“When Theo is ripped from Griffin’s life in a freak accident, the emptiness left behind sends Griffin into a downward emotional spiral. Griffin always believed that even though they broke up when Theo left for college, they would someday end up together. How can you exist when your entire world washes away beneath you? Silvera’s book is an unapologetically honest and heart-wrenchingly beautiful story about first love and loss and the cathartic process of diving headfirst into one’s grief to come out a better person on the other side. An absolutely stunning novel.” —Angelo Santini, McLean & Eakin Booksellers, Petoskey, MI

    7. The Ethan I Was Before, by Ali Standish
    (HarperCollins, 9780062433381, $16.99, available January)
    “When tragedy strikes Ethan’s best friend, Ethan’s family is left trying to help him pick up the pieces. His parents decide that they need to start over and move in with a grandfather that Ethan has never known. Ethan must negotiate a new world, new friendships, and new family members, all while trying to put the past behind him and learning how to forgive not only his family, but also himself. Half To Kill a Mockingbird, half Bridge to Terabithia, and all heart, The Ethan I Was Before will affect readers in a very special and lasting way.” —Katherine Megna-Weber, Books Inc., San Francisco, CA

    8. A Greyhound, A Groundhog, by Emily Jenkins, Chris Appelhans (Illus.)
    (Schwartz & Wade, 9780553498059, $17.99, available January)
    “With a nod to Ruth Krauss’ playful use of language, Jenkins’ text in this delightful whirl of a book rhythmically spins round, tying the reader’s tongue as it bounces along without ever becoming tiresome or repetitive. Appelhans’ spare watercolor illustrations complement the prose perfectly — his greyhound and groundhog are joyously expressive, full of movement and unbound by gravity. As the rhyme becomes more and more frenzied, the illustrations gradually reveal more colors, going from the ‘grey dog’ and ‘brown hog’ to a riot of purples, pinks, yellows, and more. A Greyhound, A Groundhog is a clever exploration of language that encourages play and silliness in its readers. Sure to be a storytime hit!” —Hannah DeCamp, Avid Bookshop, Athens, GA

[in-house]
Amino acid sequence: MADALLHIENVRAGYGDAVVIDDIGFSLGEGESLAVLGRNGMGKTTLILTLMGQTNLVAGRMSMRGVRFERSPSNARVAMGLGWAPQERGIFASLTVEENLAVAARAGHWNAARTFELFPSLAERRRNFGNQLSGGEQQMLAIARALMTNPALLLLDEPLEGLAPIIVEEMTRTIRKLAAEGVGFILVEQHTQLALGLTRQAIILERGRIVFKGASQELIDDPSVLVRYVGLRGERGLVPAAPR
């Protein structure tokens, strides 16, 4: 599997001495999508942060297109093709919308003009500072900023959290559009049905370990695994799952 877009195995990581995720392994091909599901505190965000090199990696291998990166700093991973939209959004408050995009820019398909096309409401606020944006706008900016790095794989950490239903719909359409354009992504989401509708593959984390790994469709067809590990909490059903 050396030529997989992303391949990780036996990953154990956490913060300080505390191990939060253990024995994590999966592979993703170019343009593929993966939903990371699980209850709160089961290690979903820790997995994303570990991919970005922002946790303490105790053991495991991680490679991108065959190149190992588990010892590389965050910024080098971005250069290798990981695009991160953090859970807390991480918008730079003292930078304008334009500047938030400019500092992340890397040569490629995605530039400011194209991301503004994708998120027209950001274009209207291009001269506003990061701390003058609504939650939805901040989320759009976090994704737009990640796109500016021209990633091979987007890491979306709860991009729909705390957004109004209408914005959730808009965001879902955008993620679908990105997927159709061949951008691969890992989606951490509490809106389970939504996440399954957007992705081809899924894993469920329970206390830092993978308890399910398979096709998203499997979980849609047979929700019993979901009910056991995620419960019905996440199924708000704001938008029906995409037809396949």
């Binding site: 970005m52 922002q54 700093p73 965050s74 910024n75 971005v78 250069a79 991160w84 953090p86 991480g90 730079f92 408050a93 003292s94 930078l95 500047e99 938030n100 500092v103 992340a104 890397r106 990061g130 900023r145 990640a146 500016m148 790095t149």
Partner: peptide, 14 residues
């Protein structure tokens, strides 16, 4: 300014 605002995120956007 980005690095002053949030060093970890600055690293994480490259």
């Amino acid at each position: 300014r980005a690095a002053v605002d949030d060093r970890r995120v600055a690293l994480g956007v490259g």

9. The Diabolic, by S.J. Kincaid
    (Simon & Schuster Books for Young Readers, 9781481472678, $17.99)
    Interstellar meets The Hunger Games meets The Terminator in The Diabolic, a fast-paced thrill ride of a novel with twists unlike any other. Nemesis is a Diabolic, a humanoid creature engineered to have one purpose in life: to defend Sidonia, the kind-hearted daughter of a powerful but heretical senator. When the power-crazed emperor calls Sidonia to court to punish her father, Nemesis goes in her place and finds herself in the most worrisome of predicaments — not only is her life (and Sidonia’s) in danger, but she is also beginning to exhibit the most terrifying of human conditions — emotions — for which she has never been programmed. An exciting and addictive read!” —Kelly Morton, Joseph-Beth Booksellers, Cincinnati, OH

    10. Trouble Makes a Comeback, by Stephanie Tromly
    (Kathy Dawson Books, 9780525428411, $17.99)
    “Digby and Zoe are back and in more trouble than ever in this sequel to Trouble Is a Friend of Mine. Zoe is confused and hurt after not hearing from Digby for months, but she moves on to a new group of friends, a new job, and even a new boyfriend. When Digby comes back to town with a convoluted — and highly dangerous — plan to find his sister, he immediately turns Zoe’s new life upside down. Struggling to balance her new priorities, Zoe has to decide: if the trouble Digby’s return brings is worth it. With high-stakes action and witty dialogue, this book is sure to delight anyone who loved the first book as well as those who are new to Digby and Zoe.” —Sami Thomason, Square Books, Oxford, MS

    For Ages 4 – 8

    A Celebration of Beatrix Potter: Art and Letters by More Than 30 of Today’s Favorite Children’s Book Illustrators
    (Warne, 9780241249437, $25)
    “In this gorgeous collection, renowned children’s book illustrators provide their own take on a favorite Beatrix Potter story and share what the character and story mean to them. A stunning 150th birthday celebration of one of the most cherished author/illustrators of children’s literature.” —Hana Boxberger, Village Books, Bellingham, WA

    Chicken Story Time, by Sandy Asher, Mark Fearing (Illus.)
    (Dial Books for Young Readers, 9780803739444, $17.99)
    “Apparently, everyone loves story time — both children and chickens! But what happens when you keep adding more chickens and more children to the festivities? Chaos, and lots of clucking! Will the librarian figure out how to bring calm back to the library? A fun — and noisy — new story time classic!” —Debbie Buck, Vintage Books, Vancouver, WA

    Fox and the Jumping Contest, by Corey R. Tabor
    (Balzer + Bray, 9780062398741, $17.99)
    “As soon as a picture book includes depictions of adorable, fuzzy forest animals, I am almost always sold, and this book is no exception! With comically cute and colorful illustrations, this story about forest animals having a jumping competition features a trickster fox that will do anything to win. An energetic debut from Tabor with a witty resolution that kids will love.” —Meg Hughey, Bookbug, Kalamazoo, MI